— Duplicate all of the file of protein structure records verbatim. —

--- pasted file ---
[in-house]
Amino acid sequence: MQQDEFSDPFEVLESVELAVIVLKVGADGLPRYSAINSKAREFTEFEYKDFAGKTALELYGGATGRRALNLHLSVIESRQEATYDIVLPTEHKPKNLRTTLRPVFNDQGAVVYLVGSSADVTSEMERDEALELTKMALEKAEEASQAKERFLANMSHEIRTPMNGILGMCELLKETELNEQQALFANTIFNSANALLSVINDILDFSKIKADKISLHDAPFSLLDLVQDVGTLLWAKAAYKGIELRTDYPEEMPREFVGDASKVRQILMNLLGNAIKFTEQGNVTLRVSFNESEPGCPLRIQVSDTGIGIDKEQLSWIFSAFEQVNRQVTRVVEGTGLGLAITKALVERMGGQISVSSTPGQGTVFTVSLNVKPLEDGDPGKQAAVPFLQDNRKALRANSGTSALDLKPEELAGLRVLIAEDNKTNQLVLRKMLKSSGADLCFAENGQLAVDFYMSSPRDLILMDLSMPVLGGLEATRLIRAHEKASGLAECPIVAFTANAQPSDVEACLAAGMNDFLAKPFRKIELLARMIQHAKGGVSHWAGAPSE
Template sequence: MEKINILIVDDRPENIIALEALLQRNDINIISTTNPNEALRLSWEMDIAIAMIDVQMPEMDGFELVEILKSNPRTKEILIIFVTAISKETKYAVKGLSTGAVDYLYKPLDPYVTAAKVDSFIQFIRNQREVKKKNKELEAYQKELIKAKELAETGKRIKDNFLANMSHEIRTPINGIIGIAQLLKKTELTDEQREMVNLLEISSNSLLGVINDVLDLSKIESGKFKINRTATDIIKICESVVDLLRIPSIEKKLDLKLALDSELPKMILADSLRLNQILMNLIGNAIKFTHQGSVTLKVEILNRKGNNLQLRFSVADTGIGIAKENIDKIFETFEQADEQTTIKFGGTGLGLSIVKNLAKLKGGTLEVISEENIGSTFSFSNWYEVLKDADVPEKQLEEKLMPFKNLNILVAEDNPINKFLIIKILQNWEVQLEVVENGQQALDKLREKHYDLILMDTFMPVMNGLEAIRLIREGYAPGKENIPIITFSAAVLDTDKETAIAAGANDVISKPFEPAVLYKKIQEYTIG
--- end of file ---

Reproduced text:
[in-house]
Amino acid sequence: MQQDEFSDPFEVLESVELAVIVLKVGADGLPRYSAINSKAREFTEFEYKDFAGKTALELYGGATGRRALNLHLSVIESRQEATYDIVLPTEHKPKNLRTTLRPVFNDQGAVVYLVGSSADVTSEMERDEALELTKMALEKAEEASQAKERFLANMSHEIRTPMNGILGMCELLKETELNEQQALFANTIFNSANALLSVINDILDFSKIKADKISLHDAPFSLLDLVQDVGTLLWAKAAYKGIELRTDYPEEMPREFVGDASKVRQILMNLLGNAIKFTEQGNVTLRVSFNESEPGCPLRIQVSDTGIGIDKEQLSWIFSAFEQVNRQVTRVVEGTGLGLAITKALVERMGGQISVSSTPGQGTVFTVSLNVKPLEDGDPGKQAAVPFLQDNRKALRANSGTSALDLKPEELAGLRVLIAEDNKTNQLVLRKMLKSSGADLCFAENGQLAVDFYMSSPRDLILMDLSMPVLGGLEATRLIRAHEKASGLAECPIVAFTANAQPSDVEACLAAGMNDFLAKPFRKIELLARMIQHAKGGVSHWAGAPSE
Template sequence: MEKINILIVDDRPENIIALEALLQRNDINIISTTNPNEALRLSWEMDIAIAMIDVQMPEMDGFELVEILKSNPRTKEILIIFVTAISKETKYAVKGLSTGAVDYLYKPLDPYVTAAKVDSFIQFIRNQREVKKKNKELEAYQKELIKAKELAETGKRIKDNFLANMSHEIRTPINGIIGIAQLLKKTELTDEQREMVNLLEISSNSLLGVINDVLDLSKIESGKFKINRTATDIIKICESVVDLLRIPSIEKKLDLKLALDSELPKMILADSLRLNQILMNLIGNAIKFTHQGSVTLKVEILNRKGNNLQLRFSVADTGIGIAKENIDKIFETFEQADEQTTIKFGGTGLGLSIVKNLAKLKGGTLEVISEENIGSTFSFSNWYEVLKDADVPEKQLEEKLMPFKNLNILVAEDNPINKFLIIKILQNWEVQLEVVENGQQALDKLREKHYDLILMDTFMPVMNGLEAIRLIREGYAPGKENIPIITFSAAVLDTDKETAIAAGANDVISKPFEPAVLYKKIQEYTIG